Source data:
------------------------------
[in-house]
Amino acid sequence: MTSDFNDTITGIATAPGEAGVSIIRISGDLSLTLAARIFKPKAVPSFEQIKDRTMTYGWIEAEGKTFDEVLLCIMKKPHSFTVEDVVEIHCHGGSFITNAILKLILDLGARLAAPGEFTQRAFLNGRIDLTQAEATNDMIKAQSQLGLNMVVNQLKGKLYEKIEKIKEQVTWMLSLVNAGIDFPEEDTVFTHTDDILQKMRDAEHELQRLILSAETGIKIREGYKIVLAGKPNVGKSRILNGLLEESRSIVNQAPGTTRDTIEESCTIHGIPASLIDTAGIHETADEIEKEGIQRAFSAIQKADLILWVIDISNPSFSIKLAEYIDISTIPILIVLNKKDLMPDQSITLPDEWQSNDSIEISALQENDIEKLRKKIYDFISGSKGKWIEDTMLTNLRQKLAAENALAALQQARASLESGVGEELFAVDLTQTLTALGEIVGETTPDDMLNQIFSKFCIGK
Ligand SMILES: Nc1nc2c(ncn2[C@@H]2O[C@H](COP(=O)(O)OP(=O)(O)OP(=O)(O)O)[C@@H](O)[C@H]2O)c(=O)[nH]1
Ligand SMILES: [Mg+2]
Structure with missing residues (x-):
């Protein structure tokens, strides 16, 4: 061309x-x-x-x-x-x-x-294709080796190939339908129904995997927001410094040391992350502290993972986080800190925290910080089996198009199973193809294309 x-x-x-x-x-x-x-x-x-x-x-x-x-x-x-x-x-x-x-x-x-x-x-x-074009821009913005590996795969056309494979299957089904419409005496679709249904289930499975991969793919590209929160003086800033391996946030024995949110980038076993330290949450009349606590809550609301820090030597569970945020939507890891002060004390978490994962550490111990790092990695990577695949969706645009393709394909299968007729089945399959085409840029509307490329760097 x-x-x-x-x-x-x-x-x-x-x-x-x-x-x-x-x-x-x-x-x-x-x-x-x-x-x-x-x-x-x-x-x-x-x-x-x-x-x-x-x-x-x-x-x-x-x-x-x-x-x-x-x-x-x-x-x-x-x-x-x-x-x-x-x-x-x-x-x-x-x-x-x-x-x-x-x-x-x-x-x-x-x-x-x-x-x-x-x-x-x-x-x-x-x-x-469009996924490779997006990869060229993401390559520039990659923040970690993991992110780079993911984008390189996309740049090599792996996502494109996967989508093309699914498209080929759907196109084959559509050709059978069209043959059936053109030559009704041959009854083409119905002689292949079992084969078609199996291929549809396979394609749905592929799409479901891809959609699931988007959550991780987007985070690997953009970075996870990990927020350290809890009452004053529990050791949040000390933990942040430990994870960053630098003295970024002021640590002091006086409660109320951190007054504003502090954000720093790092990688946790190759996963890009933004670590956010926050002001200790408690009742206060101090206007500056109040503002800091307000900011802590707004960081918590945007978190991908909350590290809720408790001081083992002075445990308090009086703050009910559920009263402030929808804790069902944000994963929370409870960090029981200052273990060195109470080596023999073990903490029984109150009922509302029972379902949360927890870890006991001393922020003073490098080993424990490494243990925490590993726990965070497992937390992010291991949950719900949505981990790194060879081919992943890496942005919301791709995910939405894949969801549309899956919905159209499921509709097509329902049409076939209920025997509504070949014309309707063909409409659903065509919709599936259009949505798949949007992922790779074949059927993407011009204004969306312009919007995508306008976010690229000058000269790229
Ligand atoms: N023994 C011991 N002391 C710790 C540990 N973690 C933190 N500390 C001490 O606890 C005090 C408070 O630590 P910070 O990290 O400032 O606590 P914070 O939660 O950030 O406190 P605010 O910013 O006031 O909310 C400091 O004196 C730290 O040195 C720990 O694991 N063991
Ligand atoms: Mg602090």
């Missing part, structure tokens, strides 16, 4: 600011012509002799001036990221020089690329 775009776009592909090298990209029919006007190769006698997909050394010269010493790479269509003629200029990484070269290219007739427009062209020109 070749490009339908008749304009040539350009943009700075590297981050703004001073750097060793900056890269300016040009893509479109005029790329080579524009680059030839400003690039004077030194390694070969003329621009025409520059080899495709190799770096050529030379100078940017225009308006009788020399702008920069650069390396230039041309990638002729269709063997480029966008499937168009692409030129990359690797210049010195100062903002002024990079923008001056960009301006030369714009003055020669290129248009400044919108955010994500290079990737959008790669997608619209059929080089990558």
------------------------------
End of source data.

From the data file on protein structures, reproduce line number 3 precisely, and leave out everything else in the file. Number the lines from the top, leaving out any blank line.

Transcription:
Ligand SMILES: Nc1nc2c(ncn2[C@@H]2O[C@H](COP(=O)(O)OP(=O)(O)OP(=O)(O)O)[C@@H](O)[C@H]2O)c(=O)[nH]1